Assistant professor of psychiatry at Boston University School of Medicine, Scott Hayes, PhD, and his research team, were prompted to do research on cardiac fitness and brain health in older adults after serveral animal studies that showed physical activity positively impacting memory performance and brain regions critical for memory.
"There was no human work demonstrating associations between fitness, memory and the brain—so our study was developed to address that gap in the literature," said Hayes. "Furthermore, VA Boston had recently opened new exercise facility for cardiac rehabilitation, which along with our 3 Tesla MRI scanner, really facilitated data collection."
The study published in Cortex, assessed the cardiorespiratory fitness of 26 older (55 to 74 years old) and 31 young adults (18 to 31 years old), as they jogged on a treadmill. The researchers collected functional MRI data while participants learned face-name associations.
"Among older adults, we saw a positive association between cardiorespiratory fitness and fMRI activation during face-name learning in multiple brain regions important for memory, including the thalamus, hippocampus, and prefrontal cortex," said Hayes. "Further, activation in these regions was also correlated with memory performance among older adults. Finally, when we compared fMRI activation in high and low fit older adults to younger adults, we saw that fMRI activation in high fit older adults was more similar to young adults in more posterior brain regions, suggesting cardiorespiratory fitness may keep the brain more youthful. In prefrontal cortex, high fit older adults showed increased activation to low fit older adults and young adults, suggesting it may also contribute to neural compensation, that is, the recruitment of additional brain regions to complete the memory task at hand."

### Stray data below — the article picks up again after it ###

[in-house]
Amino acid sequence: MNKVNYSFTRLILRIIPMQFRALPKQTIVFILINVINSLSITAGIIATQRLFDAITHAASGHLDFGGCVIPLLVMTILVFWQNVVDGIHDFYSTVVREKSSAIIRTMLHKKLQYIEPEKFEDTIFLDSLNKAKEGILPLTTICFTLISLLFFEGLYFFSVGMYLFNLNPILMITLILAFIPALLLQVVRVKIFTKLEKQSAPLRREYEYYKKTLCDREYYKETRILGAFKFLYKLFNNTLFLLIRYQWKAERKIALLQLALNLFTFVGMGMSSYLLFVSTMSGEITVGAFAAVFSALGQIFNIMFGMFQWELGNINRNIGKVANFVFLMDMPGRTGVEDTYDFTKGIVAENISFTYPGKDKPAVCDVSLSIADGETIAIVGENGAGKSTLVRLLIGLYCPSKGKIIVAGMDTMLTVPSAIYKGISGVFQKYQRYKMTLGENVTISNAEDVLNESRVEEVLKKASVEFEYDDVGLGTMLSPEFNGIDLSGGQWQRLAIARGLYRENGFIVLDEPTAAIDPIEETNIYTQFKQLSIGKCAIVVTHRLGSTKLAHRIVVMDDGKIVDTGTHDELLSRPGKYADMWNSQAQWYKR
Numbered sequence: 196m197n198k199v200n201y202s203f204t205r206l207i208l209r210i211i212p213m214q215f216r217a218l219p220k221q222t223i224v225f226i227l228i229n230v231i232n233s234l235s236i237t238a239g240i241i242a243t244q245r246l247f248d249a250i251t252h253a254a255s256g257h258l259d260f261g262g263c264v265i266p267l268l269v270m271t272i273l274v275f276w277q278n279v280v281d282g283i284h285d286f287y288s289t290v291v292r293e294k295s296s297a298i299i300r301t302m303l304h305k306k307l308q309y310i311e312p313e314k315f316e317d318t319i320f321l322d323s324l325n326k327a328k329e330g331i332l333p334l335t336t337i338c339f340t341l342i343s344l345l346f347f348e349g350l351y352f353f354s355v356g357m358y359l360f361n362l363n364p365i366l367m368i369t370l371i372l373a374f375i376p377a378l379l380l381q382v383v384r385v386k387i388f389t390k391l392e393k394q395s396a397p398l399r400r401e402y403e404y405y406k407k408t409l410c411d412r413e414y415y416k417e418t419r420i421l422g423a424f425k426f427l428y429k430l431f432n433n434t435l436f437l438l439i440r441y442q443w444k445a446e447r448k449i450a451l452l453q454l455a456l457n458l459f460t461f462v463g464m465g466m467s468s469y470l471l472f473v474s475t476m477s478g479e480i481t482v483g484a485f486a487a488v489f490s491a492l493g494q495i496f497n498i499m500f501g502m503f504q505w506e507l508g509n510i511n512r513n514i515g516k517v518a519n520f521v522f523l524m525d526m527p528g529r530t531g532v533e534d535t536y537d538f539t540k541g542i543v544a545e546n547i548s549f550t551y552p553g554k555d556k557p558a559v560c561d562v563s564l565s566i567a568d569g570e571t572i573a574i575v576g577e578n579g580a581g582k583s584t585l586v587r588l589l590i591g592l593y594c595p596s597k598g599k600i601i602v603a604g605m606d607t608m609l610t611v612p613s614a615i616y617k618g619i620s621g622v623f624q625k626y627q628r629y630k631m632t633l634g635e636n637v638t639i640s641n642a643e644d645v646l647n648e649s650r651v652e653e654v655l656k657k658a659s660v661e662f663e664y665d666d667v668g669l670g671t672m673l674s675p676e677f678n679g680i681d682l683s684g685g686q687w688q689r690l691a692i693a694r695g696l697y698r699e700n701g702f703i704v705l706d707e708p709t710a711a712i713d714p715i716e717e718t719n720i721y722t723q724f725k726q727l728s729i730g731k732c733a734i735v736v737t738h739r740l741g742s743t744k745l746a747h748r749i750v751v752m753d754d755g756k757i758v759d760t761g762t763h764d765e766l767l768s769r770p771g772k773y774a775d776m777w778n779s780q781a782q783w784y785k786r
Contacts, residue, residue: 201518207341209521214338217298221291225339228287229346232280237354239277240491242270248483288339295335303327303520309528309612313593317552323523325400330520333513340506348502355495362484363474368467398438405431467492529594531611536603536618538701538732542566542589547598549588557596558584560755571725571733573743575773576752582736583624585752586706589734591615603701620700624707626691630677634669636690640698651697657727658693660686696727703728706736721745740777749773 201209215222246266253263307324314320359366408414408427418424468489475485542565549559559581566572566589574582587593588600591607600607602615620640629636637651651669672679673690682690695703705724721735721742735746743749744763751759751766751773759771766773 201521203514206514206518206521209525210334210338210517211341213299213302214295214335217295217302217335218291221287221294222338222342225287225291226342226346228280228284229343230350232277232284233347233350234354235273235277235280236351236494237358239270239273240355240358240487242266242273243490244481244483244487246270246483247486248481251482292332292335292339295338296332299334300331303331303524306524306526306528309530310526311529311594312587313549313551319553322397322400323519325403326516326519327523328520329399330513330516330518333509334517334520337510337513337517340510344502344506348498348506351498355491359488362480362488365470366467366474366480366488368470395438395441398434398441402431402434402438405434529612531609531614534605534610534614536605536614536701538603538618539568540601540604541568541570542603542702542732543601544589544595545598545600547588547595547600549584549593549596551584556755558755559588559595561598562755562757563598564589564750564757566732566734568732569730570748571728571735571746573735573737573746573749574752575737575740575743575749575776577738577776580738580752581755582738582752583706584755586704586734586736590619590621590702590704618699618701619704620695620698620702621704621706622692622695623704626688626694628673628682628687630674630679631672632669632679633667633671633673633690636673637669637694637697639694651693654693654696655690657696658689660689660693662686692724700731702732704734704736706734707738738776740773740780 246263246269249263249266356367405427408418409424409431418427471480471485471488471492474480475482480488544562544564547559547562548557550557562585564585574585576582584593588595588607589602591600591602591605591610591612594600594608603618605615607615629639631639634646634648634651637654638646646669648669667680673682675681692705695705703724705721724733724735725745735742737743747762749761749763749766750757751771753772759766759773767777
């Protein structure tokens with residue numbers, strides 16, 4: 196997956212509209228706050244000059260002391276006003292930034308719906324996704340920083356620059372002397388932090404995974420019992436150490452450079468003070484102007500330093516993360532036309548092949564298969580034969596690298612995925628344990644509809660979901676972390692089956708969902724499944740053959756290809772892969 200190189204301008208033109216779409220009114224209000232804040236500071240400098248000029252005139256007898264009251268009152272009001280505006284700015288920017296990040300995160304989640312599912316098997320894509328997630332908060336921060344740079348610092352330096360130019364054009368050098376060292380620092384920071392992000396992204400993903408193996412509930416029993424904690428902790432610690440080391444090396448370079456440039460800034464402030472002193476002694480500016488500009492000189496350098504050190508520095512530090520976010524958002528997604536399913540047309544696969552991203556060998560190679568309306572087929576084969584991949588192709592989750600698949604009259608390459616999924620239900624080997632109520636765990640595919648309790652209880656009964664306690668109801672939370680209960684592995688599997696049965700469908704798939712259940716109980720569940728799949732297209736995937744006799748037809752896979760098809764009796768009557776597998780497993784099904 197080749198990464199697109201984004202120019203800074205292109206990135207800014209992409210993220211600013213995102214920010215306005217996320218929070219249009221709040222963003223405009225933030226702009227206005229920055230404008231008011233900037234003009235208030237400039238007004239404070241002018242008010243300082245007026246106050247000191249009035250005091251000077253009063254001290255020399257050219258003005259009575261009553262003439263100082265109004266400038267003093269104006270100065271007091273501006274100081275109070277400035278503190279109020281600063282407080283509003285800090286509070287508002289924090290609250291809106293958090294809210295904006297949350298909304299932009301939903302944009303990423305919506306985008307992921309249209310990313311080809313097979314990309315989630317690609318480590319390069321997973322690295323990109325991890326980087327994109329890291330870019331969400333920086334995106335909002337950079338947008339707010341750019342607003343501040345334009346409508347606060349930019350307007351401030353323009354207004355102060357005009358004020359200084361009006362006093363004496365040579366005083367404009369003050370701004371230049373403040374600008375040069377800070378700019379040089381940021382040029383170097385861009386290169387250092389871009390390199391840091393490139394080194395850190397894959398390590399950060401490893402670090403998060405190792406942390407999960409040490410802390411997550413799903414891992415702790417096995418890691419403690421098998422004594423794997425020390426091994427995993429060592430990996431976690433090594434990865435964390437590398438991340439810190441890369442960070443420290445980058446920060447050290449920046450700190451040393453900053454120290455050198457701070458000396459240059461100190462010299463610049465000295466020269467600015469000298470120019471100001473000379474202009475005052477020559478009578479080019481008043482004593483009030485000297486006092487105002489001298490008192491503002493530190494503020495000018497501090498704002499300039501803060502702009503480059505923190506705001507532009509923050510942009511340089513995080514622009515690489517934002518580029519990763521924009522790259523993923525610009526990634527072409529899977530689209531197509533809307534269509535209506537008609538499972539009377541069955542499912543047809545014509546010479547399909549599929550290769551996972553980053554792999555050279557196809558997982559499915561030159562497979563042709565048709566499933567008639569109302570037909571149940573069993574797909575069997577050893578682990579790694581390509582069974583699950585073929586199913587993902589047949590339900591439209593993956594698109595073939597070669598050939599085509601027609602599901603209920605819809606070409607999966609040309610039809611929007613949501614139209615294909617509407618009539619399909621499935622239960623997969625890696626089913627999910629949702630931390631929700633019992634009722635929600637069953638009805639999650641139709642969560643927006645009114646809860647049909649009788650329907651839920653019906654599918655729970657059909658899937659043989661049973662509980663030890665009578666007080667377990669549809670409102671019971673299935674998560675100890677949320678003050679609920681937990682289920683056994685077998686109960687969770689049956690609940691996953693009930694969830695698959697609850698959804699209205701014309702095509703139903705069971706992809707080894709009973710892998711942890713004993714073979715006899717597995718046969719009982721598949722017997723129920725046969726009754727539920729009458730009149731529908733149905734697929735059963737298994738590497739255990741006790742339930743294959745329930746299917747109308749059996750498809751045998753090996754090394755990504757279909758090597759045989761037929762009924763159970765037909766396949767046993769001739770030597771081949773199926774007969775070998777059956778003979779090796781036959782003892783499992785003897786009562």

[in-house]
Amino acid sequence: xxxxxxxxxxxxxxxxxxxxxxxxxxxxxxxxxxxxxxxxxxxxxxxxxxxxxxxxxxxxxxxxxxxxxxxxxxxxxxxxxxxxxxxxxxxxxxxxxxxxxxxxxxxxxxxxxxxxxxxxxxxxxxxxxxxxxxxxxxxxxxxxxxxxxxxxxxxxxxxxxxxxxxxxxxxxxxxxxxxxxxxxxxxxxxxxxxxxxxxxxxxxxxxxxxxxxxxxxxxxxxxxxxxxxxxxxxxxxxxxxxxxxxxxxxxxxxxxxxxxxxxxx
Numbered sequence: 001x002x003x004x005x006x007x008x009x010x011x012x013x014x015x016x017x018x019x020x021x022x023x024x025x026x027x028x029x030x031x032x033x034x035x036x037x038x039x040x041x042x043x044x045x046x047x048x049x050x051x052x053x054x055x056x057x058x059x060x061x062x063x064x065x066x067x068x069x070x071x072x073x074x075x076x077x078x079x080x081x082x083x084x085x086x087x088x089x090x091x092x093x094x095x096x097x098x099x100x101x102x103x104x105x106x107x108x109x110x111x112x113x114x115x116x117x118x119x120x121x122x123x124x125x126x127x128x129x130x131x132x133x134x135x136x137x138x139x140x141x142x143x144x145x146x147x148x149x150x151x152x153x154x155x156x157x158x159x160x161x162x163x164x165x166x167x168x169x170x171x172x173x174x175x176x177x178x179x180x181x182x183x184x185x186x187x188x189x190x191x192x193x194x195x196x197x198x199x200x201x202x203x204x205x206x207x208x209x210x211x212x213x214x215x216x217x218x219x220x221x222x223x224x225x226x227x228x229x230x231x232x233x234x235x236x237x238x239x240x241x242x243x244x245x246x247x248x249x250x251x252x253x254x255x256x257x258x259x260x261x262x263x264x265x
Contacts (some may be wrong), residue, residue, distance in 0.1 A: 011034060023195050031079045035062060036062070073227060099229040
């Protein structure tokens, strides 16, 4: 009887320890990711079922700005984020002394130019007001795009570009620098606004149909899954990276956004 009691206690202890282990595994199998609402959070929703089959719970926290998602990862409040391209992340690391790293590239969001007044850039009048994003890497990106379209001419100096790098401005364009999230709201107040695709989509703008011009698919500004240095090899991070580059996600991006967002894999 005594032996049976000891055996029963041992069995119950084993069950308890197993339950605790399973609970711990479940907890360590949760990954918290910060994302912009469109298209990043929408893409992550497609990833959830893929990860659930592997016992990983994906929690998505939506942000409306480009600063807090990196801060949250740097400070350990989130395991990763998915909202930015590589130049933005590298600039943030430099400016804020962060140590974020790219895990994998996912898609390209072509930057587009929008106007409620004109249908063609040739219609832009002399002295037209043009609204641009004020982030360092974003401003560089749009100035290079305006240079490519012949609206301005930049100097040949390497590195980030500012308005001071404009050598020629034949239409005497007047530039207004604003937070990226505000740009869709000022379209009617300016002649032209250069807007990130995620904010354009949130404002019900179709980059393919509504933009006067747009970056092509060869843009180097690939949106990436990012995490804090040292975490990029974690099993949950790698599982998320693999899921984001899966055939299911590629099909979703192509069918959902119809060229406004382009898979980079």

Hayes is hoping that this additional information will also play a part in motivating people to exercise.
"Most people know that exercise can positively impact musculoskeletal and cardiovascular health, yet many people remain sedentary. Maybe showing that physical fitness is also associated with brain health and memory will provide some additional motivation to be physical active and get fit. Exercise alone is unlikely to eliminate age-related neural and cognitive decline, but it could help attenuate age-related neurodegeneration."